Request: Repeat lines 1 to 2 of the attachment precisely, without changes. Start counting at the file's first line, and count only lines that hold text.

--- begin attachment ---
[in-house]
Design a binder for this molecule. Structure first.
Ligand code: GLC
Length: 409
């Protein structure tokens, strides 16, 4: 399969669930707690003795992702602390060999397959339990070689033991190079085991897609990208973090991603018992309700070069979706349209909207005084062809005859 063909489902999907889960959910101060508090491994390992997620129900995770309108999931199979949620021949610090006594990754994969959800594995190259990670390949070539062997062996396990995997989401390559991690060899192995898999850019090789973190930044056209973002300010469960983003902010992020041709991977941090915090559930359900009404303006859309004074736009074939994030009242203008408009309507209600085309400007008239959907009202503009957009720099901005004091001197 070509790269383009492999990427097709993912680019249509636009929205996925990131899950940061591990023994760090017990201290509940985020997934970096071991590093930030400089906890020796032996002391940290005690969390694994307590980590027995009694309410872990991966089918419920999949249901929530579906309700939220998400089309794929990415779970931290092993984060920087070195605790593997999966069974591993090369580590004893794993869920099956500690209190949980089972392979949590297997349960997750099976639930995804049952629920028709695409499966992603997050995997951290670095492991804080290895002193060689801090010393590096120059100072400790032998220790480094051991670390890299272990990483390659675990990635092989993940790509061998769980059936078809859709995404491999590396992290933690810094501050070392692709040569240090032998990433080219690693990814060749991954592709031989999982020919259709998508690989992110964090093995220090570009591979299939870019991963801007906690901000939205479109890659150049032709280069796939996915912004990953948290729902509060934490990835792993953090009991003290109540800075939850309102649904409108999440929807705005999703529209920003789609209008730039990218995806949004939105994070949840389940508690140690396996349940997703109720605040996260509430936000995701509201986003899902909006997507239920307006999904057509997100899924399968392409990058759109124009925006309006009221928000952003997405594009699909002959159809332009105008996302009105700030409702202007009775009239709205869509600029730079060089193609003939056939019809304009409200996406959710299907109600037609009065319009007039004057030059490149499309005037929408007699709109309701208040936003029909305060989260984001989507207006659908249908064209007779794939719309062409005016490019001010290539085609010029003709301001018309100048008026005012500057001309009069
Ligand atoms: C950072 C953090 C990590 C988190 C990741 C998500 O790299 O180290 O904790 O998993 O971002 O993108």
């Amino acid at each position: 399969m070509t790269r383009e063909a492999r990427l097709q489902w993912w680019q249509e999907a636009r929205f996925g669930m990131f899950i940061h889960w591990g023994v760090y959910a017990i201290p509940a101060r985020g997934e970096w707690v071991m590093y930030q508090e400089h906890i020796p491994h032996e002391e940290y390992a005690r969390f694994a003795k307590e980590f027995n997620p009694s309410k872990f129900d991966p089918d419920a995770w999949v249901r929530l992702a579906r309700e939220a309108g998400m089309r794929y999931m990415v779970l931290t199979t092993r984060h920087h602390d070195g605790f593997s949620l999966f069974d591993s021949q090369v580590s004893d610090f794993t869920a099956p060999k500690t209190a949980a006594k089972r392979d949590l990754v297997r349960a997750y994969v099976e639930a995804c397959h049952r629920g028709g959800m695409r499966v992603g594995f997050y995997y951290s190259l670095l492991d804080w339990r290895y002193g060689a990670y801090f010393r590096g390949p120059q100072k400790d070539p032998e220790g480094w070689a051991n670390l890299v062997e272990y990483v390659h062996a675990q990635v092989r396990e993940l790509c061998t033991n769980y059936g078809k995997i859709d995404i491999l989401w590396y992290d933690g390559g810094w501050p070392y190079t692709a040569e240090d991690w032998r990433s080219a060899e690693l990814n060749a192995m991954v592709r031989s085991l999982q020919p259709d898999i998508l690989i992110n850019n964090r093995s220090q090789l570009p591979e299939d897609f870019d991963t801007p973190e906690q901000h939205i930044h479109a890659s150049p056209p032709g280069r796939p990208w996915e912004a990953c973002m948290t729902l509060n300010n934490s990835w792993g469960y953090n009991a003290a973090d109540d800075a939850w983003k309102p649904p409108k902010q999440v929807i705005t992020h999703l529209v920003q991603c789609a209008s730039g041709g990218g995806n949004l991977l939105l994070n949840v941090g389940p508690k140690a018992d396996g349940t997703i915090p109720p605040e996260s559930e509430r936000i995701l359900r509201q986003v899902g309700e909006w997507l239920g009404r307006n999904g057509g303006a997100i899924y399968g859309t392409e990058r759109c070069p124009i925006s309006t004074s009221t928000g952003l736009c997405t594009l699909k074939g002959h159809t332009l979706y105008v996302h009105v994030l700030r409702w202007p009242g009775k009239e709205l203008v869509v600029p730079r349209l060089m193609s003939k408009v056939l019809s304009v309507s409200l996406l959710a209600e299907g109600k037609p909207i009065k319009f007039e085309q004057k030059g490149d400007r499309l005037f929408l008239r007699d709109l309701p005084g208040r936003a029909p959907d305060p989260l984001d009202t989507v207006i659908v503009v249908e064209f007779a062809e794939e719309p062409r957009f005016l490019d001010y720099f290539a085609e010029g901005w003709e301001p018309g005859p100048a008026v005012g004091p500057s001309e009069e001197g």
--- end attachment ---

[in-house]
Design a binder for this molecule. Structure first.